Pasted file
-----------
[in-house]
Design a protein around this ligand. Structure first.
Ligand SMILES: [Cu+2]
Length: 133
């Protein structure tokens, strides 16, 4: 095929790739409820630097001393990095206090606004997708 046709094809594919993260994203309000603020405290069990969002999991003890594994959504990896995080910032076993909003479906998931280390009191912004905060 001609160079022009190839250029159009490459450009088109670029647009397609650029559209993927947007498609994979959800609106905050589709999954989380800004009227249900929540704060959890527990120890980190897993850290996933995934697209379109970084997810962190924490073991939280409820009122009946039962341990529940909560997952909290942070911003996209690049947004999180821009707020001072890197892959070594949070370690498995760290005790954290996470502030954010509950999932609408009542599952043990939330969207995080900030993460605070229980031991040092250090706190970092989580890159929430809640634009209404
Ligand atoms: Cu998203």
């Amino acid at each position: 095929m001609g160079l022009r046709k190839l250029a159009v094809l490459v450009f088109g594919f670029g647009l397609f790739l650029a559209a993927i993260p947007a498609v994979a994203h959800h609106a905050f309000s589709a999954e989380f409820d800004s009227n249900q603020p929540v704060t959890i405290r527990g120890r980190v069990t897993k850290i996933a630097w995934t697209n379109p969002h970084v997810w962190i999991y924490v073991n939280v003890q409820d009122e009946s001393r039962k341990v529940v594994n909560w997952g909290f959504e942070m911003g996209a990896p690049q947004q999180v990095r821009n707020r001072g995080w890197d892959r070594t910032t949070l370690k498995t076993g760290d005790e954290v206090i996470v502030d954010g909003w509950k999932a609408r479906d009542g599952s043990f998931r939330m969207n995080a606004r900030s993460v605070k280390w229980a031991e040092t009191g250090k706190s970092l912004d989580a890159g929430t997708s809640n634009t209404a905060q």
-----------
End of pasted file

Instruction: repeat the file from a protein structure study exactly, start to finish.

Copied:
[in-house]
Design a protein around this ligand. Structure first.
Ligand SMILES: [Cu+2]
Length: 133
């Protein structure tokens, strides 16, 4: 095929790739409820630097001393990095206090606004997708 046709094809594919993260994203309000603020405290069990969002999991003890594994959504990896995080910032076993909003479906998931280390009191912004905060 001609160079022009190839250029159009490459450009088109670029647009397609650029559209993927947007498609994979959800609106905050589709999954989380800004009227249900929540704060959890527990120890980190897993850290996933995934697209379109970084997810962190924490073991939280409820009122009946039962341990529940909560997952909290942070911003996209690049947004999180821009707020001072890197892959070594949070370690498995760290005790954290996470502030954010509950999932609408009542599952043990939330969207995080900030993460605070229980031991040092250090706190970092989580890159929430809640634009209404
Ligand atoms: Cu998203």
């Amino acid at each position: 095929m001609g160079l022009r046709k190839l250029a159009v094809l490459v450009f088109g594919f670029g647009l397609f790739l650029a559209a993927i993260p947007a498609v994979a994203h959800h609106a905050f309000s589709a999954e989380f409820d800004s009227n249900q603020p929540v704060t959890i405290r527990g120890r980190v069990t897993k850290i996933a630097w995934t697209n379109p969002h970084v997810w962190i999991y924490v073991n939280v003890q409820d009122e009946s001393r039962k341990v529940v594994n909560w997952g909290f959504e942070m911003g996209a990896p690049q947004q999180v990095r821009n707020r001072g995080w890197d892959r070594t910032t949070l370690k498995t076993g760290d005790e954290v206090i996470v502030d954010g909003w509950k999932a609408r479906d009542g599952s043990f998931r939330m969207n995080a606004r900030s993460v605070k280390w229980a031991e040092t009191g250090k706190s970092l912004d989580a890159g929430t997708s809640n634009t209404a905060q």